Brexit and Central Bank developments dominated headlines and market movements this week, as downside risks to equity markets intensified. Over the week, despite the plethora of negative economic data releases, most global indices continued their recent rally and ended higher, further inflating equity valuations in the context of weakness in global growth and lower corporate earnings. Over the week, bond yields declined, reflecting a flight to safety effect and high demand for safer assets considering the weaker growth backdrop. The overall picture depicts a fragile equity rally which is becoming increasingly out of sync with economic conditions.
Despite continued uncertainty concerning Brexit negotiations over the week, it is becoming increasingly likely as we approach the 29th March Article 50 deadline that the UK’s exit from theEuropean Union will be an orderly one, with MPs likely to vote for the existing withdrawal deal over an economically damaging no-deal Brexit. At this stage of negotiations, it appears that the options onthe table are an orderly Brexit via Theresa May’s deal, or no-Brexit via a second referendum. As a result, currency risk is becoming an increasingly important consideration for investors, with an appreciation in sterling having the potential to erode all returns made to this point in the year for those investors with exposure to FTSE 100 equities and non-sterling investments (as is the case in the benchmark). It is estimated that the impact of an appreciation in sterling against the dollar of 1.40- 1.50 would create a 4-7% drag on portfolio returns for a non-hedged, UK based portfolio. For this reason, alongside the evident fragility of the recent equity market rally, we are not concerned about missed performance up to this point for portfolios in comparison to the benchmarks.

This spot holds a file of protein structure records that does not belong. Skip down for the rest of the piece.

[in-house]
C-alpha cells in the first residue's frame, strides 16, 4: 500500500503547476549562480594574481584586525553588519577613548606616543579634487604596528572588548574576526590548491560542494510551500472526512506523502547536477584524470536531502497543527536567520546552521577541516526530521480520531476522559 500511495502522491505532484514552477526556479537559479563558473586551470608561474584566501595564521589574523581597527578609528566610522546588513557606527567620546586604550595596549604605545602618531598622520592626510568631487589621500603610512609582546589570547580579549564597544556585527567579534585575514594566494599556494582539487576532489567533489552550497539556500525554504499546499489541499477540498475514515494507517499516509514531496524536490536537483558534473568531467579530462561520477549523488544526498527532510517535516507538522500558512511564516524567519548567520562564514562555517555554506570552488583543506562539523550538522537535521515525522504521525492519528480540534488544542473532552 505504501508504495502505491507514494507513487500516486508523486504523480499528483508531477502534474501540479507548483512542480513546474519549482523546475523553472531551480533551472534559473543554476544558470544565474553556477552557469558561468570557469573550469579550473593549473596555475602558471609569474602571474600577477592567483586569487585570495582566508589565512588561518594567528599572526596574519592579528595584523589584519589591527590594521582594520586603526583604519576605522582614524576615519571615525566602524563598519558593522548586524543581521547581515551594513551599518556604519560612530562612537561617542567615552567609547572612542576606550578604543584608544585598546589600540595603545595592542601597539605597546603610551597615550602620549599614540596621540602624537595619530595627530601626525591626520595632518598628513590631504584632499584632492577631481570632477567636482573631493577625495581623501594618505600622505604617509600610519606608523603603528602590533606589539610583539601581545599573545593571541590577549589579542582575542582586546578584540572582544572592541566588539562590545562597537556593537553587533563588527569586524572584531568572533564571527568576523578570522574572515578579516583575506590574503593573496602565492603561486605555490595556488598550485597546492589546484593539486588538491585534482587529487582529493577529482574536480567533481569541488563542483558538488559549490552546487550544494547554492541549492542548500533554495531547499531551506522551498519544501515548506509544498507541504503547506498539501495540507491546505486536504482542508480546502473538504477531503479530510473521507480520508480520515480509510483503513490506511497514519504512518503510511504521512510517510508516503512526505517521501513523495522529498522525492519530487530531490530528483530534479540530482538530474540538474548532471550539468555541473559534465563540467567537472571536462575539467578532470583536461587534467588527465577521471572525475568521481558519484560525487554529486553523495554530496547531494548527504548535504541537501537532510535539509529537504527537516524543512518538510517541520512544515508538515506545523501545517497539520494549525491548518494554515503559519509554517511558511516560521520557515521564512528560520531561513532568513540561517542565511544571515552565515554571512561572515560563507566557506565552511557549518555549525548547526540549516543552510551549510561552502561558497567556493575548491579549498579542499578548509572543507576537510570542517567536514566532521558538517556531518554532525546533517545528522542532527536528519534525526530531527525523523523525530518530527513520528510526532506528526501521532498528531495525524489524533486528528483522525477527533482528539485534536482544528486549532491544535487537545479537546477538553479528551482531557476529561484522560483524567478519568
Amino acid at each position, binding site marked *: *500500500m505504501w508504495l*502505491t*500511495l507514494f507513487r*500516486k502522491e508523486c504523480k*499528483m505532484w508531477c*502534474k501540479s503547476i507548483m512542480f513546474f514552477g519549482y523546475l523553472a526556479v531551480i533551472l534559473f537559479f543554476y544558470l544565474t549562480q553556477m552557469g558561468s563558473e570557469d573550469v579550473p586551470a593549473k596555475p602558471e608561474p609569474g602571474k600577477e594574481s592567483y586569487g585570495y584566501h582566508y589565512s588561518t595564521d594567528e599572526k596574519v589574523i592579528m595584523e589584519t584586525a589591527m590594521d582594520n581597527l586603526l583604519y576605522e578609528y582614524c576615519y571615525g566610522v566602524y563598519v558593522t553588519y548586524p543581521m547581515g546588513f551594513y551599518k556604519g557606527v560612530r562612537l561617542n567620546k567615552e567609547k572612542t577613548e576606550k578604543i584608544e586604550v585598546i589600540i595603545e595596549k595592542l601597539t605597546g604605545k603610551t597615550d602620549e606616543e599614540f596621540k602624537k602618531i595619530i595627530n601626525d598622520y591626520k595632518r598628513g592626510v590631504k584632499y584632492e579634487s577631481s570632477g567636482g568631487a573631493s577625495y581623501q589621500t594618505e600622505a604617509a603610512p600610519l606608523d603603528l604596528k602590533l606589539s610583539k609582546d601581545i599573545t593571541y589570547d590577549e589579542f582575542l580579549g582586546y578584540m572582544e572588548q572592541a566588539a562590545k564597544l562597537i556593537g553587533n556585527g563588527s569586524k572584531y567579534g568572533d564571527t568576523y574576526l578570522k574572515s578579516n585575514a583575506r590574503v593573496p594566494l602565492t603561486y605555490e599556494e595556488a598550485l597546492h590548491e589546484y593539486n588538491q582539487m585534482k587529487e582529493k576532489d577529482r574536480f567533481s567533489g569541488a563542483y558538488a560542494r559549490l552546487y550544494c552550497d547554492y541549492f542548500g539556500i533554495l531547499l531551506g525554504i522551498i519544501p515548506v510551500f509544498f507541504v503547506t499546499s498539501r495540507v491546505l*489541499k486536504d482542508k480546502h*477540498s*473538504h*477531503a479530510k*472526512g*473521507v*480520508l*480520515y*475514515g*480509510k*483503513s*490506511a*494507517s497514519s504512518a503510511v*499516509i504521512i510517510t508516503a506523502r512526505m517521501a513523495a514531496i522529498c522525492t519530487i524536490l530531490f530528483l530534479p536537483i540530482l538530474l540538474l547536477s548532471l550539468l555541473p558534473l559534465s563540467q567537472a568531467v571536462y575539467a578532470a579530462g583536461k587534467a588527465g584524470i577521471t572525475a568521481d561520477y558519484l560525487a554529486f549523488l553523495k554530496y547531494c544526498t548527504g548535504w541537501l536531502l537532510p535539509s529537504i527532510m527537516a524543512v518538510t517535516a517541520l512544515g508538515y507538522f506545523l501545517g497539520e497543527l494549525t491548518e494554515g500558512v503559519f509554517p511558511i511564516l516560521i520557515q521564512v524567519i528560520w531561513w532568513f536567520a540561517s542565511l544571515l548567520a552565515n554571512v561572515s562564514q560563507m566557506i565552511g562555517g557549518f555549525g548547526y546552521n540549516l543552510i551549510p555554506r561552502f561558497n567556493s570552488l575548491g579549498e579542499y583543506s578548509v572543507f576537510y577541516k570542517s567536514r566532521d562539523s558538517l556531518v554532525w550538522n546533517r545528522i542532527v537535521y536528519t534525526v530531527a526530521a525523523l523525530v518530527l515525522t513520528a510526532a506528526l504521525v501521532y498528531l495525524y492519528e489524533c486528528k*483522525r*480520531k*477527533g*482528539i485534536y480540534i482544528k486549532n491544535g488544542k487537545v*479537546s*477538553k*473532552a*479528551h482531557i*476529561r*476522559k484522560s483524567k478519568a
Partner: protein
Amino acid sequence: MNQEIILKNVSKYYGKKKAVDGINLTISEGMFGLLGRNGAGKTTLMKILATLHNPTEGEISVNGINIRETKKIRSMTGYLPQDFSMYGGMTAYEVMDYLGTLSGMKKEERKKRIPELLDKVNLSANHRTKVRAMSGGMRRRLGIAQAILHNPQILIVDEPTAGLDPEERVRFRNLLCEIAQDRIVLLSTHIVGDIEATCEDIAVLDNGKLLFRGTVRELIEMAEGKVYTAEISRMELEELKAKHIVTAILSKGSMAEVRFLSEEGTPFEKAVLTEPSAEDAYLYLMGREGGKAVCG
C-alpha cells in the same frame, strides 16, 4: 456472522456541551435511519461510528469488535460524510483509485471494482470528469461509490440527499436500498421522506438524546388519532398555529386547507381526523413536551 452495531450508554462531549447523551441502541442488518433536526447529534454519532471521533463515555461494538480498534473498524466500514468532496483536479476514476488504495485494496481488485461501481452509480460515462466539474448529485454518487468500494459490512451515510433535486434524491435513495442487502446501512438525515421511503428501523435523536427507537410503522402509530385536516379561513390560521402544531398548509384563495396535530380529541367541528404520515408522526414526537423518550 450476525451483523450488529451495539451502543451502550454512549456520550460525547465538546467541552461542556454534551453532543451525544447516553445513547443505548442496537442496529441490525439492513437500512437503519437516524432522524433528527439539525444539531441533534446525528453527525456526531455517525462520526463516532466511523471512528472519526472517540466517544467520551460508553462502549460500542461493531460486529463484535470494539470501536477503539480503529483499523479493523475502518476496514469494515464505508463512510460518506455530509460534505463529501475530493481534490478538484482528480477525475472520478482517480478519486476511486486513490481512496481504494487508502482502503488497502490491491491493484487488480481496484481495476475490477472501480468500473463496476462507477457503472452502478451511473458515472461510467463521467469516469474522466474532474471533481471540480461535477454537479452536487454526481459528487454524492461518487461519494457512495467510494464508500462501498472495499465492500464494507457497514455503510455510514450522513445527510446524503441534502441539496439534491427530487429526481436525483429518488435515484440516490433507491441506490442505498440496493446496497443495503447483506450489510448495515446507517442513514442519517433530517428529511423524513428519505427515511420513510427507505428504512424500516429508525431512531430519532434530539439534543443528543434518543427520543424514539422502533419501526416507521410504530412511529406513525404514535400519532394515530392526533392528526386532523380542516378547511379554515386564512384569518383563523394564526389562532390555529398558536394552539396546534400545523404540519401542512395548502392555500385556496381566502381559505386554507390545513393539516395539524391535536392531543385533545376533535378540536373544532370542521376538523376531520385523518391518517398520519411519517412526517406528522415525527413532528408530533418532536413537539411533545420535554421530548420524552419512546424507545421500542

For more information on the impact of sterling on returns, please see the attached briefing note.
It is important to highlight as we await a turning point in equity markets, that we are not stuck in a stable position, but rather we are waiting for opportunities to redeploy cash as the economic data and risks change. As it stands, high cash levels enable us to demonstrate a high degree of agility. A potential opportunity would involve adding gold exposure to the portfolio, however we are awaiting greater clarity on the Brexit outcome prior to adding due to the exposure to currency risk should sterling rapidly appreciate following a positive outcome.
As we look ahead, potential catalysts which could derail equity markets and confirm our thesis are Q1 declining corporate earnings (expected in mid-May) and movements in sterling as explained in the attachment. In the meantime, we remain confident in our current positioning, and portfolio performance remains relatively flat (as expected) due to the well-diversified asset allocation underpinning our defensive portfolio construction. In the unlikely case that economic conditions start to improve without a drop back, markets typically experience three 5% pull backs each year, with significantly more during periods of high volatility. We are therefore confident that the market would give us an appropriate buy in point which would realign performance with the benchmark, leaving clients no worse off as a result of the strategy. In the meantime, downside risk has been limited by our defensive positioning, and we remain in a strong position going forward.